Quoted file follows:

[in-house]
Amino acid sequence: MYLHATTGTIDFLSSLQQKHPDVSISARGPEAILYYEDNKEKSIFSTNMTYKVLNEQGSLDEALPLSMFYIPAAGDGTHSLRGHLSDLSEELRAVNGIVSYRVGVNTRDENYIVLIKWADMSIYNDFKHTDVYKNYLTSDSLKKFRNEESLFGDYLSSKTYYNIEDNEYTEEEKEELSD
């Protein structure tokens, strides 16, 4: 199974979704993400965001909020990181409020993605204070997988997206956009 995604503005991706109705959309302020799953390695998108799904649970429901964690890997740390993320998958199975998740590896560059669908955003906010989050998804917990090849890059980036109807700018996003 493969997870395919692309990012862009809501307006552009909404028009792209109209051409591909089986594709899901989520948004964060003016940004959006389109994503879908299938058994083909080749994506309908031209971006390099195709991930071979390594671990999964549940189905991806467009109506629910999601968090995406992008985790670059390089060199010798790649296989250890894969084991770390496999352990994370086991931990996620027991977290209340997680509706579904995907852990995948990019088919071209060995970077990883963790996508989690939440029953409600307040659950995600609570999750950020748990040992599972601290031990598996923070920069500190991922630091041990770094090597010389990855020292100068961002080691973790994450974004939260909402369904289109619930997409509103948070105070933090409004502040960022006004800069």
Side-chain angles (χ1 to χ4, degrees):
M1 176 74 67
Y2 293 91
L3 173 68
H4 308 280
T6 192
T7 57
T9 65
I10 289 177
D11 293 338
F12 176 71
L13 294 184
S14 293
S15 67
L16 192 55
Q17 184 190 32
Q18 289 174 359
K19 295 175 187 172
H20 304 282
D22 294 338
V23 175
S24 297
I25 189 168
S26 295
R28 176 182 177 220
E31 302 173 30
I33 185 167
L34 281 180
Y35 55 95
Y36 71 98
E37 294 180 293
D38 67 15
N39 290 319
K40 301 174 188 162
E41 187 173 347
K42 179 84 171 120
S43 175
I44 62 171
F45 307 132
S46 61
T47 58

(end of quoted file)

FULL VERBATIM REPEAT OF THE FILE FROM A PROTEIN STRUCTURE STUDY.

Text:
[in-house]
Amino acid sequence: MYLHATTGTIDFLSSLQQKHPDVSISARGPEAILYYEDNKEKSIFSTNMTYKVLNEQGSLDEALPLSMFYIPAAGDGTHSLRGHLSDLSEELRAVNGIVSYRVGVNTRDENYIVLIKWADMSIYNDFKHTDVYKNYLTSDSLKKFRNEESLFGDYLSSKTYYNIEDNEYTEEEKEELSD
């Protein structure tokens, strides 16, 4: 199974979704993400965001909020990181409020993605204070997988997206956009 995604503005991706109705959309302020799953390695998108799904649970429901964690890997740390993320998958199975998740590896560059669908955003906010989050998804917990090849890059980036109807700018996003 493969997870395919692309990012862009809501307006552009909404028009792209109209051409591909089986594709899901989520948004964060003016940004959006389109994503879908299938058994083909080749994506309908031209971006390099195709991930071979390594671990999964549940189905991806467009109506629910999601968090995406992008985790670059390089060199010798790649296989250890894969084991770390496999352990994370086991931990996620027991977290209340997680509706579904995907852990995948990019088919071209060995970077990883963790996508989690939440029953409600307040659950995600609570999750950020748990040992599972601290031990598996923070920069500190991922630091041990770094090597010389990855020292100068961002080691973790994450974004939260909402369904289109619930997409509103948070105070933090409004502040960022006004800069």
Side-chain angles (χ1 to χ4, degrees):
M1 176 74 67
Y2 293 91
L3 173 68
H4 308 280
T6 192
T7 57
T9 65
I10 289 177
D11 293 338
F12 176 71
L13 294 184
S14 293
S15 67
L16 192 55
Q17 184 190 32
Q18 289 174 359
K19 295 175 187 172
H20 304 282
D22 294 338
V23 175
S24 297
I25 189 168
S26 295
R28 176 182 177 220
E31 302 173 30
I33 185 167
L34 281 180
Y35 55 95
Y36 71 98
E37 294 180 293
D38 67 15
N39 290 319
K40 301 174 188 162
E41 187 173 347
K42 179 84 171 120
S43 175
I44 62 171
F45 307 132
S46 61
T47 58